> >  Repetition takes precedence over concatenation, which in turn takes precedence over alternation. A whole subexpression may be enclosed in parentheses to override these precedence rules.  
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> >  The backreference \n, where n is a single digit, matches the substring previously matched by the nth parenthesized subexpression of the regular expression. 
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> >  Regular expressions (REs), unlike simple queries, allow you to search for text which matches a particular pattern.
REs are similar to (but more poweful than) the "wildcards" used in the commandline interfaces found in operating systems such as Unix and MSDOS. REs are used by sophisticated search engines, as well as by many Unixbased languages and tools ( e.g.,  
Examples 
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Examples
Here is stuff for our UNIX freaks:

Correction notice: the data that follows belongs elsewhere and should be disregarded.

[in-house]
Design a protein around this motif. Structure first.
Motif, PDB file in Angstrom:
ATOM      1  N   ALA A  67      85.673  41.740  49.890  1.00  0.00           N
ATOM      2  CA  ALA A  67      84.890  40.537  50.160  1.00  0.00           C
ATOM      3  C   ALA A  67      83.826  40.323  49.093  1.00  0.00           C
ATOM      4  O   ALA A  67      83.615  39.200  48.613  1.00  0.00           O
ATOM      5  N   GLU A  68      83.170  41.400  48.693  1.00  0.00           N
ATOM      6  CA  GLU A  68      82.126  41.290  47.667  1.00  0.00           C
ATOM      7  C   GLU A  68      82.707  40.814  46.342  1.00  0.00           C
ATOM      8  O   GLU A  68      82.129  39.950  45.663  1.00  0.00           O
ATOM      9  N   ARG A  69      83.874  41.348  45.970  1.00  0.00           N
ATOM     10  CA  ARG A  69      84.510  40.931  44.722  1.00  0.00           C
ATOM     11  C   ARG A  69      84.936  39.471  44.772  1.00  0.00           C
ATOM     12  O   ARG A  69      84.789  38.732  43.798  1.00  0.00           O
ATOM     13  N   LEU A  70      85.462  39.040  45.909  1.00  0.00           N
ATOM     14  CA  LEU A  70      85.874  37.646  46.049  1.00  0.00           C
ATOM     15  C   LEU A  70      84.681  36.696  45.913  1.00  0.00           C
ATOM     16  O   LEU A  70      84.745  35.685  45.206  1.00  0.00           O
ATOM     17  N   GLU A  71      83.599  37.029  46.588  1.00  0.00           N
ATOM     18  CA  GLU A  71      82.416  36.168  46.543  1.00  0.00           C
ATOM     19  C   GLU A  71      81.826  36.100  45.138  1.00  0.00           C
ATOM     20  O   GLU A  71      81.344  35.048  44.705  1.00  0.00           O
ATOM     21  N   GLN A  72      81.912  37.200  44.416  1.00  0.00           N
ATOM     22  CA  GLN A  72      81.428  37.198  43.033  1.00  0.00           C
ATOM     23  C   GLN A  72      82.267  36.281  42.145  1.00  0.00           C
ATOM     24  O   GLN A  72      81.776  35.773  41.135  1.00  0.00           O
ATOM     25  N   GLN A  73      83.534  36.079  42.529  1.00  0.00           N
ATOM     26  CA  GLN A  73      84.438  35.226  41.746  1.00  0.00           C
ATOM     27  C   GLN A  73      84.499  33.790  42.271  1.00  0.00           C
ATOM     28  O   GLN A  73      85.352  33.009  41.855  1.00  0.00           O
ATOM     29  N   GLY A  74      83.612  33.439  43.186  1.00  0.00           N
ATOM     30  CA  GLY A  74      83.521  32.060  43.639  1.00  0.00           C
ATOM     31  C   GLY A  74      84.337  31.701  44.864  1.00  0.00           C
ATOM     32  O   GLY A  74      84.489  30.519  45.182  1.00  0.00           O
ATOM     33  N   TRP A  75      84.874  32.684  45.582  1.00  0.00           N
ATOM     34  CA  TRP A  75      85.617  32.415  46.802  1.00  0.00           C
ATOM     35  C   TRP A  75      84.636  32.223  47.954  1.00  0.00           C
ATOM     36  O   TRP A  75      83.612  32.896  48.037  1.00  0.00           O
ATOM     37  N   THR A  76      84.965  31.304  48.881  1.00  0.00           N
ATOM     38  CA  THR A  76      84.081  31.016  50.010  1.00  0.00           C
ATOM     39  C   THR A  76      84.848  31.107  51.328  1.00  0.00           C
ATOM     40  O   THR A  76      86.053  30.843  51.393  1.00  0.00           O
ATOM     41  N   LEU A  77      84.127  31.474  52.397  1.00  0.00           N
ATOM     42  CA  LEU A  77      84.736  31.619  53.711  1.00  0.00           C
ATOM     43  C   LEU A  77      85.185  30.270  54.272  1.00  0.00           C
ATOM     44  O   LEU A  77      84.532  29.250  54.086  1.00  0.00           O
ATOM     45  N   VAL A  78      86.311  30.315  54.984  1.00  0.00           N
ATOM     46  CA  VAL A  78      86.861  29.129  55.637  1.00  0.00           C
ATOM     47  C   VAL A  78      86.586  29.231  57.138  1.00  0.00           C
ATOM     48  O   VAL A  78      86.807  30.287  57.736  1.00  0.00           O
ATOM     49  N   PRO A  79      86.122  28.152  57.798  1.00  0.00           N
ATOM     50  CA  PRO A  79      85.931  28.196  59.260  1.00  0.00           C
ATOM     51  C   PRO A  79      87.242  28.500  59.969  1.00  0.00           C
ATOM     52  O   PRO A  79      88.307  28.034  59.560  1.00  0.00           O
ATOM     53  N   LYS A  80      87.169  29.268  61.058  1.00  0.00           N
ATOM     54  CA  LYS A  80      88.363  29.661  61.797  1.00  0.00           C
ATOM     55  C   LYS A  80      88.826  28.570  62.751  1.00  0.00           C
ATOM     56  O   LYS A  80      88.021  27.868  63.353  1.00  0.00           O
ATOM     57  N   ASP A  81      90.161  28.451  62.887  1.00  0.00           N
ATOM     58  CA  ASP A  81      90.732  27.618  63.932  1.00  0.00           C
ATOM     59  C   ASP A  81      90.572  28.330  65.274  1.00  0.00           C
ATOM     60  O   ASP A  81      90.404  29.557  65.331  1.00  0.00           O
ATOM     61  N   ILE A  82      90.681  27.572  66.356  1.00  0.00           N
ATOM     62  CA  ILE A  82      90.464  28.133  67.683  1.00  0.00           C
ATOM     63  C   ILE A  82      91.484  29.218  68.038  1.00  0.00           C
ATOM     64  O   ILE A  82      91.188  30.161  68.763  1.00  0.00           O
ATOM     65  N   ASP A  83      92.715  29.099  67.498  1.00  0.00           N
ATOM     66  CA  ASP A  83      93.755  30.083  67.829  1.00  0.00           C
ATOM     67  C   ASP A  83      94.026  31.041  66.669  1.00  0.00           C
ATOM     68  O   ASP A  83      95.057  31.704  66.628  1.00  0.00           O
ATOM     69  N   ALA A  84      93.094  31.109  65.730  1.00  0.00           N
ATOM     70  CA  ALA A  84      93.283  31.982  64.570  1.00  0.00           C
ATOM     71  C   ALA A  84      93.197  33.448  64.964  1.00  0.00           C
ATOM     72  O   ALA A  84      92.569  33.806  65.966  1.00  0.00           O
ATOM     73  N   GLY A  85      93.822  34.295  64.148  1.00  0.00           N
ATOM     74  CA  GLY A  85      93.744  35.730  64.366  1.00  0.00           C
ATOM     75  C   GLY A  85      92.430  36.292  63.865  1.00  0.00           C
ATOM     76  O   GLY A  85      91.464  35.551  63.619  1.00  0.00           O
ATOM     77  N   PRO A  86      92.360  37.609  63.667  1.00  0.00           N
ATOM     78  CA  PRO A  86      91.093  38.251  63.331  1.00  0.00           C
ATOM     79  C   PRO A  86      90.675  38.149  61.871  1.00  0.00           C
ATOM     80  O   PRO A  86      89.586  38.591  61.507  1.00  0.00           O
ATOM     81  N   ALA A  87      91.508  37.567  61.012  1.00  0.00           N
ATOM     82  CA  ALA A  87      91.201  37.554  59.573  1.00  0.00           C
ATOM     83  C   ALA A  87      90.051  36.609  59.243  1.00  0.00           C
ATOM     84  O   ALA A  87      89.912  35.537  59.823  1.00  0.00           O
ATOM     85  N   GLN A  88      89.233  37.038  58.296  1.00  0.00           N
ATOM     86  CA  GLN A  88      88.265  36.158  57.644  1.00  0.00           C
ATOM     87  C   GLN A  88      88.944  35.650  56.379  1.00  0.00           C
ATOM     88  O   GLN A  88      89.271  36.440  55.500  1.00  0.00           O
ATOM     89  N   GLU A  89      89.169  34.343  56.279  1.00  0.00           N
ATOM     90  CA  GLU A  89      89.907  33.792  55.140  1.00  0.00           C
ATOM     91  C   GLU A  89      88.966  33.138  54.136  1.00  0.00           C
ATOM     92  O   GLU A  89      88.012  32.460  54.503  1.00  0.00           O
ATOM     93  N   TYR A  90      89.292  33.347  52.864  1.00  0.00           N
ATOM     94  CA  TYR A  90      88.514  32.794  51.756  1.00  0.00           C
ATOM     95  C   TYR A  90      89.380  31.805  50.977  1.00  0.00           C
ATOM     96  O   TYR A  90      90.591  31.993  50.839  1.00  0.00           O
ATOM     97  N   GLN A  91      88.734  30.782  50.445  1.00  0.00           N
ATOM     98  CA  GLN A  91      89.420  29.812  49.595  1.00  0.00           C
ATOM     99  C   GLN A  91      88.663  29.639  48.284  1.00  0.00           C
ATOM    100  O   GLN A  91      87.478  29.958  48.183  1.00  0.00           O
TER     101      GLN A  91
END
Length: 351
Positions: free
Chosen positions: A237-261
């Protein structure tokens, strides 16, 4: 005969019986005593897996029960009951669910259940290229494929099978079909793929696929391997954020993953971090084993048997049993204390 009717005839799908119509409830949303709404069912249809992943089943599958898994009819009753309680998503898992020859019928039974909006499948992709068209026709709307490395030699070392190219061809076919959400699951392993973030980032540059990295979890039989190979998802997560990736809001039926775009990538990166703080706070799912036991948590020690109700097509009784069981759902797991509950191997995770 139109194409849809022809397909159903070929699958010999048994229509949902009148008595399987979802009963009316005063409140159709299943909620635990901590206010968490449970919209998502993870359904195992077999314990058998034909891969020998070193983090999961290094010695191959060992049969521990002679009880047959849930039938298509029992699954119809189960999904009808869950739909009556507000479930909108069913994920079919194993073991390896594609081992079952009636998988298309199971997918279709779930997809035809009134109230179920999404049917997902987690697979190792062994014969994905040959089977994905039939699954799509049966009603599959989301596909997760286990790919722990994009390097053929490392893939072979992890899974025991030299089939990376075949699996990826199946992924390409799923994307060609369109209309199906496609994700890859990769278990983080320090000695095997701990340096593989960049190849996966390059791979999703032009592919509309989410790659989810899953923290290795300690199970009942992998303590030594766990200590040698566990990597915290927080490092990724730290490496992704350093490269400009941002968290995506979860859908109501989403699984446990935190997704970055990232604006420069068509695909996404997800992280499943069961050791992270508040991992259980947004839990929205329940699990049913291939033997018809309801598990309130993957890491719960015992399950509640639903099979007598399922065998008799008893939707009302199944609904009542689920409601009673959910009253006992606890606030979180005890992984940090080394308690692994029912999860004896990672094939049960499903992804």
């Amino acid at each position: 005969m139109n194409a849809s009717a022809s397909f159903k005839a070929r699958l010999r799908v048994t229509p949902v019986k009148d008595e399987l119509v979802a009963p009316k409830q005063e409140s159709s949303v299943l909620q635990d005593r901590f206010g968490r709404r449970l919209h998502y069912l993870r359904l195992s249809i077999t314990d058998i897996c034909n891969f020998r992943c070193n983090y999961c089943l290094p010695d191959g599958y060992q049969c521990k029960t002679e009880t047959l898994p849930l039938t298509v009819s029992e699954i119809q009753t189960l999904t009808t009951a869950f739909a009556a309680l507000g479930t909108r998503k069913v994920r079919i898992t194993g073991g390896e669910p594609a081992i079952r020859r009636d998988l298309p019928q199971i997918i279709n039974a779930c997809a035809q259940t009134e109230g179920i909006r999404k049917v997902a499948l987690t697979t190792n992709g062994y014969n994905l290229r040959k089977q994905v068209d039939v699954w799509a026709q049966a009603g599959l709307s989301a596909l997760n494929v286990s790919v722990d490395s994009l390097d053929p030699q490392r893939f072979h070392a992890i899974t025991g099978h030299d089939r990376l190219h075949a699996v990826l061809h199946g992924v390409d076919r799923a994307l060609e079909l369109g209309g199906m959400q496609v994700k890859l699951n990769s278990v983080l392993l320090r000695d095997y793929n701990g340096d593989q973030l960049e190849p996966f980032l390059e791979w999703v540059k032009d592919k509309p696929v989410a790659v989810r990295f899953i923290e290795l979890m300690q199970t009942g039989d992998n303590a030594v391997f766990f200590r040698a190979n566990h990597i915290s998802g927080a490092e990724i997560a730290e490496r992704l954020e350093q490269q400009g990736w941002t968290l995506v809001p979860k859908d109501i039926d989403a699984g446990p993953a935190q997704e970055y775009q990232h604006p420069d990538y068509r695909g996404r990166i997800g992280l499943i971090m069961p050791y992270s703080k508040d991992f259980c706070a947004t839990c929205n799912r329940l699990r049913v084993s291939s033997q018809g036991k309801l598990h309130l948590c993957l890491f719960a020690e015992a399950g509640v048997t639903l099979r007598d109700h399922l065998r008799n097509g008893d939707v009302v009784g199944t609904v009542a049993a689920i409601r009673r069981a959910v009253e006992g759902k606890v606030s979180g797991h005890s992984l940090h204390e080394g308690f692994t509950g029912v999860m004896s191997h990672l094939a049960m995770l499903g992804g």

\c A backslash (\) followed by any special character is a onecharacter regular expression that matches the spe cial character itself. The special characters are: + `.', `*', `[', and `\' (period, asterisk, left square bracket, and backslash, respec tively), which are always special, except when they appear within square brackets ([]). + `^' (caret or circumflex), which is special at the beginning of an entire regular expres sion, or when it immediately follows the left of a pair of square brackets ([]). + $ (currency symbol), which is special at the end of an entire regular expression. . A `.' (period) is a onecharacter regular expression that matches any character except NEWLINE. [string] A nonempty string of characters enclosed in square brackets is a onecharacter regular expression that matches any one character in that string. If, however, the first character of the string is a `^' (a circum flex or caret), the onecharacter regular expression matches any character except NEWLINE and the remaining characters in the string. The `^' has this special meaning only if it occurs first in the string. The `' (minus) may be used to indicate a range of consecutive ASCII characters; for example, [09] is equivalent to [0123456789]. The `' loses this special meaning if it occurs first (after an initial `^', if any) or last in the string. The `]' (right square bracket) does not terminate such a string when it is the first character within it (after an initial `^', if any); that is, []af] matches either `]' (a right square bracket ) or one of the letters a through f inclusive. The four characters `.', `*', `[', and `\' stand for themselves within such a string of characters. The following rules may be used to construct regular expres sions: * A onecharacter regular expression followed by `*' (an asterisk) is a regular expression that matches zero or more occurrences of the onecharacter regular expres sion. If there is any choice, the longest leftmost string that permits a match is chosen. ^ A circumflex or caret (^) at the beginning of an entire regular expression constrains that regular expression to match an initial segment of a line. $ A currency symbol ($) at the end of an entire regular expression constrains that regular expression to match a final segment of a line. * A regular expression (not just a one character regular expression) followed by `*' (an asterisk) is a regular expression that matches zero or more occurrences of the one character regular expression. If there is any choice, the longest leftmost string that permits a match is chosen. + A regular expression followed by `+' (a plus sign) is a regular expression that matches one or more occurrences of the onecharacter regular expression. If there is any choice, the longest leftmost string that permits a match is chosen. ? A regular expression followed by `?' (a ques tion mark) is a regular expression that matches zero or one occurrences of the one character regular expression. If there is any choice, the longest leftmost string that permits a match is chosen.  Alternation: two regular expressions separated by `' or NEWLINE match either a match for the first or a match for the second. () A regular expression enclosed in parentheses matches a match for the regular expression. The order of precedence of operators at the same parenthesis level is `[ ]' (character classes), then `*' `+' `?' (closures),then concatenation, then `' (alternation)and NEWLINE.